Invasive Species Compendium

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Abstract

Influence of dietary soy and phytase levels on performance and body composition of large rainbow trout (Oncorhynchus mykiss) and algal availability of phosphorus load.

Abstract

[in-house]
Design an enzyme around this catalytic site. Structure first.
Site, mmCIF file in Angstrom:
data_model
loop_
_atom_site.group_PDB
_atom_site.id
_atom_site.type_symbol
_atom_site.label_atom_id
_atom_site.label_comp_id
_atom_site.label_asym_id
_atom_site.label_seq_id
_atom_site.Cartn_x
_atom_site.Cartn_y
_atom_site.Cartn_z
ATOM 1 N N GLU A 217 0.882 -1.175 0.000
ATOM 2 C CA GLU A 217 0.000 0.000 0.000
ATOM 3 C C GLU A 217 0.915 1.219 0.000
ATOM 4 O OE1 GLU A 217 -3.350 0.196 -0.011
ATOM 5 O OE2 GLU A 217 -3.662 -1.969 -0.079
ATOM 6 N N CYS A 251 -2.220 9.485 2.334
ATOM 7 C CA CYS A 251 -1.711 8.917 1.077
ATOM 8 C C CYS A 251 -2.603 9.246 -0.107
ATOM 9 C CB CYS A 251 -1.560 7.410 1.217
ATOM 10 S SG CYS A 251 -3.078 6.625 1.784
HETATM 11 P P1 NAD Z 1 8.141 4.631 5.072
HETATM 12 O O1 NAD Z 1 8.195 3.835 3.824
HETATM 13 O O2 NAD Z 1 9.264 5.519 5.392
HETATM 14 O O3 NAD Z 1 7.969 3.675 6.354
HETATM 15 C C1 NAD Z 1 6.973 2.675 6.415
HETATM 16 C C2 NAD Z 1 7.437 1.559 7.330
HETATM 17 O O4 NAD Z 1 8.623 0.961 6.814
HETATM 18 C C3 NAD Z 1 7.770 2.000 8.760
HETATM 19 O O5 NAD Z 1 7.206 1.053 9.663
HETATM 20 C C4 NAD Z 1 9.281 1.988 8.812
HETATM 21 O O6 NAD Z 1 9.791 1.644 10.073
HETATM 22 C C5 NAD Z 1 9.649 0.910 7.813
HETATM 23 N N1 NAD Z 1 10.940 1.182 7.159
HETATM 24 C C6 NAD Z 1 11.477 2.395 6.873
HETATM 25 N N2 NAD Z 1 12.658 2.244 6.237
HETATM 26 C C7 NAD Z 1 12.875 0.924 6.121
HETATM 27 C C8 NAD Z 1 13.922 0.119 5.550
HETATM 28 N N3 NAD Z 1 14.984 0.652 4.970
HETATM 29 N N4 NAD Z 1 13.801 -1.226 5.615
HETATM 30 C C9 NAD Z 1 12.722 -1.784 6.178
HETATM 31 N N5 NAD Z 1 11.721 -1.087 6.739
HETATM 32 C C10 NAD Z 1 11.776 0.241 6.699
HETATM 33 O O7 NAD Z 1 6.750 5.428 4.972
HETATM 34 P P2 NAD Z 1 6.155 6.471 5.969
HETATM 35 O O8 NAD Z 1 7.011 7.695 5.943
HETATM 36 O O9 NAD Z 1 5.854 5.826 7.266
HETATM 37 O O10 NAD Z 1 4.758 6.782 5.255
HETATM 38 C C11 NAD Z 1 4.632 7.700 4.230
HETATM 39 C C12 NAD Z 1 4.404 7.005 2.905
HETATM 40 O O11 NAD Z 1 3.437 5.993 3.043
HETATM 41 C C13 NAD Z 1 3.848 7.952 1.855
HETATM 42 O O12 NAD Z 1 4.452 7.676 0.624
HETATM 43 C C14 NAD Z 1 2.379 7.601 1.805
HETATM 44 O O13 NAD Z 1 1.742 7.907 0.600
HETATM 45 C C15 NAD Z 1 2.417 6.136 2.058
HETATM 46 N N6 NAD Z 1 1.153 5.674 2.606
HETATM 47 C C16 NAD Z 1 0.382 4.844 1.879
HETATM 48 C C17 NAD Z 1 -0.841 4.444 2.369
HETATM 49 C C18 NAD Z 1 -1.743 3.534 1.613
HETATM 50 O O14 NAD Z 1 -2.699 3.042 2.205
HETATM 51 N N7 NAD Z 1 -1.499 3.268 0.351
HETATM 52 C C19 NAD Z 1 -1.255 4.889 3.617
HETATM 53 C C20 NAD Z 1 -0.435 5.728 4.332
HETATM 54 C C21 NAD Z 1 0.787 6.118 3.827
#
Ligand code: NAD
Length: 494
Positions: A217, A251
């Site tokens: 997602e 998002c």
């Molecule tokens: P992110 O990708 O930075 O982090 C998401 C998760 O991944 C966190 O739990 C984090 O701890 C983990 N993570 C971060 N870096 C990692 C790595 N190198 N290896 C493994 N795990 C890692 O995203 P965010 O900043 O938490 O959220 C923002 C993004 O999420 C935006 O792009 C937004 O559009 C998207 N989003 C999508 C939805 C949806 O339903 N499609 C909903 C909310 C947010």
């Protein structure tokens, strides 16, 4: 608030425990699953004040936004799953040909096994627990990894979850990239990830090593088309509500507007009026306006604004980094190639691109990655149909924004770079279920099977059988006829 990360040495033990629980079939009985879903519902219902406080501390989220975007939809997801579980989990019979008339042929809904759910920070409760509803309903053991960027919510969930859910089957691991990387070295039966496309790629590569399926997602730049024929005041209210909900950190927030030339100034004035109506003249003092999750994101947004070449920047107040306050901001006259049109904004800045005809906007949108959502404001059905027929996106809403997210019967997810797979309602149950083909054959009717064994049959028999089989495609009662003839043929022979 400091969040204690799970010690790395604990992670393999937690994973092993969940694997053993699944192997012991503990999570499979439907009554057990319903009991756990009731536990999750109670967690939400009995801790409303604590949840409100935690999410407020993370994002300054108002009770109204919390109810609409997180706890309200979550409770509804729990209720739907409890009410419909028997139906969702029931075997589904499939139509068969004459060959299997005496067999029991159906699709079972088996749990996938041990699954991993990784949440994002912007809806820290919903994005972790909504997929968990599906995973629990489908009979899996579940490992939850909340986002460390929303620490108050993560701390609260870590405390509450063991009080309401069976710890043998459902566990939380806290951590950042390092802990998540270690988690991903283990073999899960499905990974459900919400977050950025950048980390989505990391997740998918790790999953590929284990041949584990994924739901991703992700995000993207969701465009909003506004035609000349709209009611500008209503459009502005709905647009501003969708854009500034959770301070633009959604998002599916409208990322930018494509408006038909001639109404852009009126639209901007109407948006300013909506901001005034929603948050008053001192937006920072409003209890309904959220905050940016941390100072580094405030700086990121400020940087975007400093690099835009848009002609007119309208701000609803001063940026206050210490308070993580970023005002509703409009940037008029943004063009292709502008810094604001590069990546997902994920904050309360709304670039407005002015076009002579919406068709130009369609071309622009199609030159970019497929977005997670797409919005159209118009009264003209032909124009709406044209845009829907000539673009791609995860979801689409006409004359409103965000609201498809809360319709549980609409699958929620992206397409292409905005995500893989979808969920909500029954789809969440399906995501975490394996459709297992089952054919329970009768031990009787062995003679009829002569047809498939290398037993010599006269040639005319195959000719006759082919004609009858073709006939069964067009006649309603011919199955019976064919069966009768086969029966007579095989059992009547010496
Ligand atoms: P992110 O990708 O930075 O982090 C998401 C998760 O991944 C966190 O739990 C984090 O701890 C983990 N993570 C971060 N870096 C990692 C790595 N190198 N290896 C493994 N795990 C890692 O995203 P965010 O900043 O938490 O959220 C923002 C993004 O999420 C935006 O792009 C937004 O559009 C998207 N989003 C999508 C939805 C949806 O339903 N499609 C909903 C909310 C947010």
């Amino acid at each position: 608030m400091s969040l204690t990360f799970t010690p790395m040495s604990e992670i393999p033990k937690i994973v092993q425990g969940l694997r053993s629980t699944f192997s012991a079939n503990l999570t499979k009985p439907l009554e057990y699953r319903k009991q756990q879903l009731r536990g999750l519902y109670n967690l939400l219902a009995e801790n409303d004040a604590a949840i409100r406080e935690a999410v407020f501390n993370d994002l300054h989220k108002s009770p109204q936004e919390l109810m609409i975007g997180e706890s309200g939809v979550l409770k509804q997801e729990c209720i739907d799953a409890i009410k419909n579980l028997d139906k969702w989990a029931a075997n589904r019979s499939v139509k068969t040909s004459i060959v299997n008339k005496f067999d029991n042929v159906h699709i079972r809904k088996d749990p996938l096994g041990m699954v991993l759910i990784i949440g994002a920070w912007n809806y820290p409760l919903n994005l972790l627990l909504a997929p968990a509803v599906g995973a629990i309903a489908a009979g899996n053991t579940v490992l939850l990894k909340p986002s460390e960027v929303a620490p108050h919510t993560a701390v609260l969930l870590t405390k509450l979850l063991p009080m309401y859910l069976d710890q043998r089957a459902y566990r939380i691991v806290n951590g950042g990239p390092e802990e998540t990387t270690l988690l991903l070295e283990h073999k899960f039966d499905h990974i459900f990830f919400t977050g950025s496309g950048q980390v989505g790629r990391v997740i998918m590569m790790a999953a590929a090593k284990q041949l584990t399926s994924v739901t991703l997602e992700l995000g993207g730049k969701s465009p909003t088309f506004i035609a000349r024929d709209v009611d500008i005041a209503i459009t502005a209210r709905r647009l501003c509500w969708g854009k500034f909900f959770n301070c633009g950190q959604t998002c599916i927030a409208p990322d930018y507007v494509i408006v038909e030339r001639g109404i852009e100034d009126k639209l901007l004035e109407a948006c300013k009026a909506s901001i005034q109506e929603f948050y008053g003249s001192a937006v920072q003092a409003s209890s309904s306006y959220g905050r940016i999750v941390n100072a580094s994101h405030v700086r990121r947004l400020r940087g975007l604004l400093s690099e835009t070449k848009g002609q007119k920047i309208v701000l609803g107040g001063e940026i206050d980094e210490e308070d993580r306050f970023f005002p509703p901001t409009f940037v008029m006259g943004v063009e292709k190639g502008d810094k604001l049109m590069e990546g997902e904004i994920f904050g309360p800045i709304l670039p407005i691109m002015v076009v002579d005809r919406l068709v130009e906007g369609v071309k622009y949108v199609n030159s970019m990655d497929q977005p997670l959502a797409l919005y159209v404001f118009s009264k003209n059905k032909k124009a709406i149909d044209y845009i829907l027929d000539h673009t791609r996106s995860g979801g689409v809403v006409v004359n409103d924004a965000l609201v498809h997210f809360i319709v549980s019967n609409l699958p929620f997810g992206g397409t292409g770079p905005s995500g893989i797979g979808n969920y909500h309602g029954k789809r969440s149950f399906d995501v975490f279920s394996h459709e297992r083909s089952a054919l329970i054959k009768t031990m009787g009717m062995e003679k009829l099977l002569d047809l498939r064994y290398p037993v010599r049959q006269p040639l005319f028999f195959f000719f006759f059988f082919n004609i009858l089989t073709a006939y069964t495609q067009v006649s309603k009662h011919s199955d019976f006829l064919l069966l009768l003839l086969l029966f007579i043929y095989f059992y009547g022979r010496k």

A feeding trial was designed to evaluate the influence of partial replacement of fish meal (FM) protein by soya-derived protein in large rainbow trout fed practical, high-energy diets with and without supplemental phytase. A 2 × 2 factorial arrangement with two soya levels (0 and 69.4% of the dietary protein from soyabeans) and two phytase levels (0 and 1200 U/kg) was used. Soya protein was derived from soya protein concentrate (SPC) and soyabean meal (SBM) with a SPC:SBM protein ratio of 4:1. Diets were formulated to contain 36 and 28% CP and fat, respectively, and supplemented with lysine and methionine, but not with P. Consequently, dietary P contents were 10.5 and 6.9 g/kg for diets without and with soya-derived proteins, respectively. Three replicate groups of fish per treatment were hand-fed once daily to apparent satiety for 24 weeks. Fish grew from 0.25 kg to an average of 2.02 kg, soya-fed fish being significantly larger at the end of the trial. Phytase had no influence on weight gain of fish. Dietary treatments did not affect feed conversion efficiency, which averaged 0.90. Percentage bone ash was significantly lower in fish fed soya diets than in fish fed FM diets (means 56.4 and 57.7), but weight performance and whole body composition analyses did not confirm the modest P deficiency in fish fed soya without supplemental phytase. Phytase supplementation did not significantly increase bone ash of fish fed soya diets. P load significantly decreased from 8.5 to 4.6 g/kg weight gain due to the partial replacement of FM protein for soya protein. Algal availability of P was lower with soya-based diet than with FM-based diet (23 vs. 35%), and lower in faecal matter of fish fed soya-based diets than in fish fed FM-based diets (9 vs. 27%). Results from this study show that a significant part of FM can be replaced by soya proteins for low-pollution diets, without compromising weight gain or feed efficiency in large rainbow trout fed practical diets.